Reynaldo dos Santos

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Reynaldo dos Santos

Reynaldo dos Santos.png
Born(1880-12-03)3 December 1880
Died6 May 1970(1970-05-06) (aged 89)
Lisbon, Portugal
OccupationPhysician, art historian

Reynaldo dos Santos GCSE (3 December 1880 – 6 May 1970) was a Portuguese physician, writer, and art historian. As a physician, he was a pioneer in the fields of vascular surgery and urology; as an art historian, he published numerous works on 15th-century Portuguese art, including on the Manueline style and on the paintings of Nuno Gonçalves.


Reynaldo dos Santos was born in 1880 to Clemente José dos Santos (himself a physician[1]) and Maria Amélia Pinheiro Santos, in the family home in Rua das Varinas, Vila Franca de Xira, a town in the outskirts of Lisbon.[2] He concluded his primary and secondary studies in this town, before enrolling at the Medico-Surgical School in Lisbon, from which he graduated in 1903. Between 1902 and 1905, he was abroad in Paris and the main surgical centres of the United States, in Boston, Chicago, Rochester, Baltimore, Philadelphia, and New York.

He earned his doctorate in Medicine in 1906, with his thesis titled "Aspectos Cirúrgicos das Pancreatites Crónicas" ("Surgical Aspects of Chronic Pancreatitis"), after which he started teaching. He married Susana Cid on 18 August of that year. From 1910 to 1916, he taught Clinical Surgery, Surgical Propedeutics, and Operatory Medicine.[3] In 1910, he oversaw a free course of Urology in Desterro Hospital, where he presented urorhythmography, using a device of his own making to "graphically register the value and rhythm of renal excretion as well as the function of the ureters".[1]

Reynaldo dos Santos developed the aortography (pictured) in 1929

During the First World War, he was sent by the Portuguese Government to aid the Allied army, becoming a member of the Inter-Allied Surgical Conference and acting as a surgeon in the British hospitals in the north of France and, later, as a surgical consultant for the Portuguese Expeditionary Corps.[3]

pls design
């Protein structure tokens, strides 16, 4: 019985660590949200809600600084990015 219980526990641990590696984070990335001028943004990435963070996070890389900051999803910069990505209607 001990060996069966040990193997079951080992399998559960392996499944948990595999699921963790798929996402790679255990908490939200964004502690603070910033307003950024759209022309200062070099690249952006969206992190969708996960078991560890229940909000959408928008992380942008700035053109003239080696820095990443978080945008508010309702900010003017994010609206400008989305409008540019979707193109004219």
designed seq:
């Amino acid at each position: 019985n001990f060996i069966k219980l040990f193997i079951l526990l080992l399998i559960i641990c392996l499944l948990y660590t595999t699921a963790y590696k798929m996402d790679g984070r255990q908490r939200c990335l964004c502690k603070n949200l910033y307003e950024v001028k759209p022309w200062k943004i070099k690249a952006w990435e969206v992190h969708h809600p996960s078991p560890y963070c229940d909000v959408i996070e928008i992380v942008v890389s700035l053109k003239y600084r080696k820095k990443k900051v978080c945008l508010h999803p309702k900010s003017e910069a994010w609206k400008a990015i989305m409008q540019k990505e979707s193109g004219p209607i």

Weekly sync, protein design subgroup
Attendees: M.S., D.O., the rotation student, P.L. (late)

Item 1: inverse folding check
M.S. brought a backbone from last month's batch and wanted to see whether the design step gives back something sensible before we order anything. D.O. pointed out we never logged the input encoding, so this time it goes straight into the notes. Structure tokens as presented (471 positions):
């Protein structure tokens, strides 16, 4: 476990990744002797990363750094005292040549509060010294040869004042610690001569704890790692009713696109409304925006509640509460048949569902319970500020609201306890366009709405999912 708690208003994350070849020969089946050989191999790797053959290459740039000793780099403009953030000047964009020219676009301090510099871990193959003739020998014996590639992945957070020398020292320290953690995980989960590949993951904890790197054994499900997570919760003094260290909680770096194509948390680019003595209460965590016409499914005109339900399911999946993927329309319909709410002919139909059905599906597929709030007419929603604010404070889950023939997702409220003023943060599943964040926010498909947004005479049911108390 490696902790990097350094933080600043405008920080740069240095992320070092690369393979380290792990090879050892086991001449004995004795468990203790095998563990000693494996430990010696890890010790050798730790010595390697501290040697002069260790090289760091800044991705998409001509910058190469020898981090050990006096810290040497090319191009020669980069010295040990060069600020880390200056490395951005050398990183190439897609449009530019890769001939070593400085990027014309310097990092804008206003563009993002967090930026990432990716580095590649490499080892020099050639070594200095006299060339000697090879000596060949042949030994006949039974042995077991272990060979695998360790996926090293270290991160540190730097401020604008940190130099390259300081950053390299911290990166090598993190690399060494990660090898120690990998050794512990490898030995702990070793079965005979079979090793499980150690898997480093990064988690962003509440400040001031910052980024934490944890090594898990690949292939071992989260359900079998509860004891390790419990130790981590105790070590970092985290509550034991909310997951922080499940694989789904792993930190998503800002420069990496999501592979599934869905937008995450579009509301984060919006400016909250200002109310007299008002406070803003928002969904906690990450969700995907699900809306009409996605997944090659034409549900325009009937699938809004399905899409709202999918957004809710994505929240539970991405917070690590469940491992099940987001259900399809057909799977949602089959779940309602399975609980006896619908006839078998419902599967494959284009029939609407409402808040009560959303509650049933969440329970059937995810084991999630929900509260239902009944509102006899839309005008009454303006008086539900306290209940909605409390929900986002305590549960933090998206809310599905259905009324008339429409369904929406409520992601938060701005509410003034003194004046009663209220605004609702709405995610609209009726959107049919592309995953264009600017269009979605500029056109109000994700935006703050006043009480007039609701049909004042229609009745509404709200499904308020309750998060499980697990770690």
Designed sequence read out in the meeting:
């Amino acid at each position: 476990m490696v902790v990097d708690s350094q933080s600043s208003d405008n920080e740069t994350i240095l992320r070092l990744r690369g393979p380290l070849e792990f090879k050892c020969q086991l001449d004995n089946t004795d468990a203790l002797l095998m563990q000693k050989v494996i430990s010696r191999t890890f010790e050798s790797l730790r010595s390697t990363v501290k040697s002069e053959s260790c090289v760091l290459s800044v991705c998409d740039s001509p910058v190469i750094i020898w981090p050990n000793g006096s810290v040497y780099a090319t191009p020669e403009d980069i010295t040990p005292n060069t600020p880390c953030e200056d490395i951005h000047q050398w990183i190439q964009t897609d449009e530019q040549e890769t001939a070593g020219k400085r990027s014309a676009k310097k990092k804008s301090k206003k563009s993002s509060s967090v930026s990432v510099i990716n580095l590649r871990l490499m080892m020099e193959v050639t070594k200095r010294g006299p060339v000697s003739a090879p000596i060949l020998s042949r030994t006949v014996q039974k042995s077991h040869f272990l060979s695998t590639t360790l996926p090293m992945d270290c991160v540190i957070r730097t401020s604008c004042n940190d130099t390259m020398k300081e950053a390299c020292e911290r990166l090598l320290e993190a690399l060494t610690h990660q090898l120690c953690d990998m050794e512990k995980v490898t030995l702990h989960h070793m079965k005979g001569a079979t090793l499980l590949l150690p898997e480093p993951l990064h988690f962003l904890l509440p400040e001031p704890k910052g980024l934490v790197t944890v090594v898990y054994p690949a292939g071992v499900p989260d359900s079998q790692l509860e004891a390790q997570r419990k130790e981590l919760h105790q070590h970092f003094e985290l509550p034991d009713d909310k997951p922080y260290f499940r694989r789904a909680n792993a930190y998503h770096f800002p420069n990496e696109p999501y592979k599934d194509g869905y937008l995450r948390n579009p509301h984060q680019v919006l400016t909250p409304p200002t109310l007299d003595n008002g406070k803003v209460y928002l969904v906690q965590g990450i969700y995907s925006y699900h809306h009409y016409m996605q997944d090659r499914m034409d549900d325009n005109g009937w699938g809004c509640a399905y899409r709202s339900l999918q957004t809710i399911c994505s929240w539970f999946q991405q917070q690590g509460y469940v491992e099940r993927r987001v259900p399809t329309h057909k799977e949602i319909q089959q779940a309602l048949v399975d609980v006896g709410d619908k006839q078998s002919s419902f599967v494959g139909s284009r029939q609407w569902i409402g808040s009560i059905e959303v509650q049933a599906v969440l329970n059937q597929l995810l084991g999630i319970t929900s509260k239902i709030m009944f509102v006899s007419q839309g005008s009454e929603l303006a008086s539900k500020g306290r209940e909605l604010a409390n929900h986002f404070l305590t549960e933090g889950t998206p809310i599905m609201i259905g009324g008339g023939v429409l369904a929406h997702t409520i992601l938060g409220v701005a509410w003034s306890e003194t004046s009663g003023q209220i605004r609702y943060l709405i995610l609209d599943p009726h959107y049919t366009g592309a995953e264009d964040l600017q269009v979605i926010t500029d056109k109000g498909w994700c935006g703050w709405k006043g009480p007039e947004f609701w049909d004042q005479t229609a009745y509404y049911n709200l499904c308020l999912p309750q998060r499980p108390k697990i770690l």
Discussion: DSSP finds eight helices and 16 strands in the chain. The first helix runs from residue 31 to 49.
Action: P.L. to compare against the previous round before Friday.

Once back in Portugal, he was suspended from his teaching position after expressing his profound disagreement with the way medical teaching and hospital care was organised. He created a research and teaching centre in Arroios Hospital, and became this hospital's Head of General Surgery in 1925. For more than two decades, and building up on the work of António Egas Moniz (who first developed the technique for cerebral angiography in 1927), he developed several studies on angiography of abdominal organs: he performed the first aortography in Lisbon in 1929. In 1930, he became a full professor of Urology and, in 1941, of Surgical Pathology and Therapeutics; the following year, he became Dean of the Faculty of Medicine of the University of Lisbon. He was also a full professor of Surgical Clinic from 1948 to 1950, the year he retired from teaching.[3] He was elected President of the Lisbon Society of Medical Sciences from 1930 to 1932.[4]

Reynaldo dos Santos was the President of the Lisbon Academy of Sciences from 1961 to 1963.[3]

Art history[edit]

Reynaldo dos Santos was equally as accomplished and recognised for his avocation in the Fine Arts; the interest in the history of art was born while he was still a student holidaying in Figueira da Foz: he became interested in the archeological campaigns promoted by António Santos Rocha, and Rocha recommended he read the works of Hippolyte Taine.[1]

Detail from the Pastrana Tapestries